Competent and skilled co-workers
Long term career potentials
Short term ladder advancements possibilities
Managers are good role models
Ethical customer portfolio
Interesting projects and customers
Green environment
Nice premises/facilities
Other social benefits
Workout/health club
Possibilities to go on conferences and seminars

Possibilities to take expensive courses
Somewhere to relax in the office building
Not too much overtime
Flexibility (Don't have to be at work from 9 to 5)
Company style. Professional/informal

Fill in the table, replace the items with things that makes sense to you. Give points for each company and multiply with the weight column. At the bottom of the spreadsheet you'll see what company to choose.

And of course if you do not get any offers or know you are not going to get any offers. Go make yourself more valuable by learning new stuff, getting more relevant experience or getting a degree.

Sunday, 20 September 2009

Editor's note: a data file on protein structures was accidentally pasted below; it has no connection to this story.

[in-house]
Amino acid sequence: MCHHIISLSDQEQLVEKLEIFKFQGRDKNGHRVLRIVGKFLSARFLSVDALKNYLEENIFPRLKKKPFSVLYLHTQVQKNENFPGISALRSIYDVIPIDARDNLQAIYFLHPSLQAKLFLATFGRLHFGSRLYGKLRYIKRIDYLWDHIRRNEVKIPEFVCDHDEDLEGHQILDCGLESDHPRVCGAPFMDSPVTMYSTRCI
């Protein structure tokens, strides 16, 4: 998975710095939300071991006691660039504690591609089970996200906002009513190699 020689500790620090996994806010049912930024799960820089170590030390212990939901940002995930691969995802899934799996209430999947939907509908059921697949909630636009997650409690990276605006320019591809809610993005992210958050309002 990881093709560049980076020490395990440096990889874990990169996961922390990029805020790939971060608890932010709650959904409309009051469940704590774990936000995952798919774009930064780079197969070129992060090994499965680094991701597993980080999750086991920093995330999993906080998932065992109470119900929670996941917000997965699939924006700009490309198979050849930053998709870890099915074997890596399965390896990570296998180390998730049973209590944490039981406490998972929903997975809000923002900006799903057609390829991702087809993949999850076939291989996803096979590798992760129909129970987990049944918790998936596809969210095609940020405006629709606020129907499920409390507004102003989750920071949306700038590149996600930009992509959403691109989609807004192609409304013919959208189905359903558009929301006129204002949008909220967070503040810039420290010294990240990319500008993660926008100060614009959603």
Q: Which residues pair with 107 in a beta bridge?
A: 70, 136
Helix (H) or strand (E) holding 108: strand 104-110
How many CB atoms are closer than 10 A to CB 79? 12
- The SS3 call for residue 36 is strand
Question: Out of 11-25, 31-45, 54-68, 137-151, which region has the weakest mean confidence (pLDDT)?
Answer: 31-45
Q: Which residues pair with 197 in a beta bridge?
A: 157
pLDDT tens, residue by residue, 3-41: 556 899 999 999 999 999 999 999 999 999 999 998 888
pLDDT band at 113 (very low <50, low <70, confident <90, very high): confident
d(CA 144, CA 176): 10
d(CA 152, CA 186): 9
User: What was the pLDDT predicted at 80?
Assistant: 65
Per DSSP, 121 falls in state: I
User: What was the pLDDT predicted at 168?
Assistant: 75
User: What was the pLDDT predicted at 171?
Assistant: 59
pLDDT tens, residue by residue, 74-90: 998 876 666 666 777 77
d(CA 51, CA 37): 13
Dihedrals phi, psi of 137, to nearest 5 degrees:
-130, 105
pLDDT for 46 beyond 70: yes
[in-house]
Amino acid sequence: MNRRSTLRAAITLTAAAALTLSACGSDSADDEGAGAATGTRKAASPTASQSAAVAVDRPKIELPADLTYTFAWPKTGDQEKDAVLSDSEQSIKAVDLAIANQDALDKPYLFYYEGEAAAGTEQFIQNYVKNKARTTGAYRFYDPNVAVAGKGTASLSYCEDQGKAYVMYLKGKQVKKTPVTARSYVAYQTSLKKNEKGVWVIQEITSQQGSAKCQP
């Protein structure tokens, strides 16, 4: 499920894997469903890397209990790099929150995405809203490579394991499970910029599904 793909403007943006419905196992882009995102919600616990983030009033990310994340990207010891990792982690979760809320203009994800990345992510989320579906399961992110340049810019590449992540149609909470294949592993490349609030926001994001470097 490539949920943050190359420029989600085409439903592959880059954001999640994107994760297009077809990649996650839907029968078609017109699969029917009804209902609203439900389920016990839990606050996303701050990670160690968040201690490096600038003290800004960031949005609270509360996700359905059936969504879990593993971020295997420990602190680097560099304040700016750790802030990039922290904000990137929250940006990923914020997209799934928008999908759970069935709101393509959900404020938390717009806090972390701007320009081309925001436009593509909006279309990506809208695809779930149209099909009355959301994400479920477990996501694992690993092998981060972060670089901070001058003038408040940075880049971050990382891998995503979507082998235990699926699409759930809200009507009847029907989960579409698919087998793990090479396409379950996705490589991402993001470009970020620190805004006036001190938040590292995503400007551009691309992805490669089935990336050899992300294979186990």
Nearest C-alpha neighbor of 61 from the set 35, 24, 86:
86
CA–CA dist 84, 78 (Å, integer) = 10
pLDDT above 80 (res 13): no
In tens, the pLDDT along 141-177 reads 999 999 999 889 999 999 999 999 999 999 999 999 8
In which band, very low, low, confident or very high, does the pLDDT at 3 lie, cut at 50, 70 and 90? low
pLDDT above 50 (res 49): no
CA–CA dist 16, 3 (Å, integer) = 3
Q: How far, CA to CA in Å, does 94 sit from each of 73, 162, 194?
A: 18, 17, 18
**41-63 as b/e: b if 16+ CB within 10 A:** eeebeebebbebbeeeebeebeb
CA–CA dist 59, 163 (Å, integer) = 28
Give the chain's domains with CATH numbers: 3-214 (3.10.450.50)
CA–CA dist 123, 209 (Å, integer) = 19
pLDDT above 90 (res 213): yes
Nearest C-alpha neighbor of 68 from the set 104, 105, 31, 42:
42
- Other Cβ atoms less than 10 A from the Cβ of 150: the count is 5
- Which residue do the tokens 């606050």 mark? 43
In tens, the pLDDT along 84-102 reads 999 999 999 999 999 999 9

Spammers are killing me

I have over the last years developed an experimental socio-semantic bookmarking service as a part hobby and part academic research project. The site can be said to be under early Beta testing. I have a lot of plans for the site but as it is being developed on my spare time the progress is not as fast as I could have hoped for. Also, as I write the project is kind of on the shelf while I explore another exiting hobby project in the area of social location based services.

Here come the spammers
In the middle of July 2009 I suddenly saw a rise in the number of new members signing up on my bookmarking service Surely it's some robots spamming fuzzzy I thought. But after looking into the actions performed I soon figured out the spam where human generated. Based on the type of actions and data/metadata entered I could tell these where not generated solely by automated agents. It very much looked like coordinated spamming from a spam ring. There were no pattern in the IP addresses used. Captchas and human-readable-only questions on the sign up page did not stop them. Looking in the log-files at the seconds between actions, links added in the form of bookmarks and free html text links where added and modified in a typical human workflow. Some spammers also added tags and comments.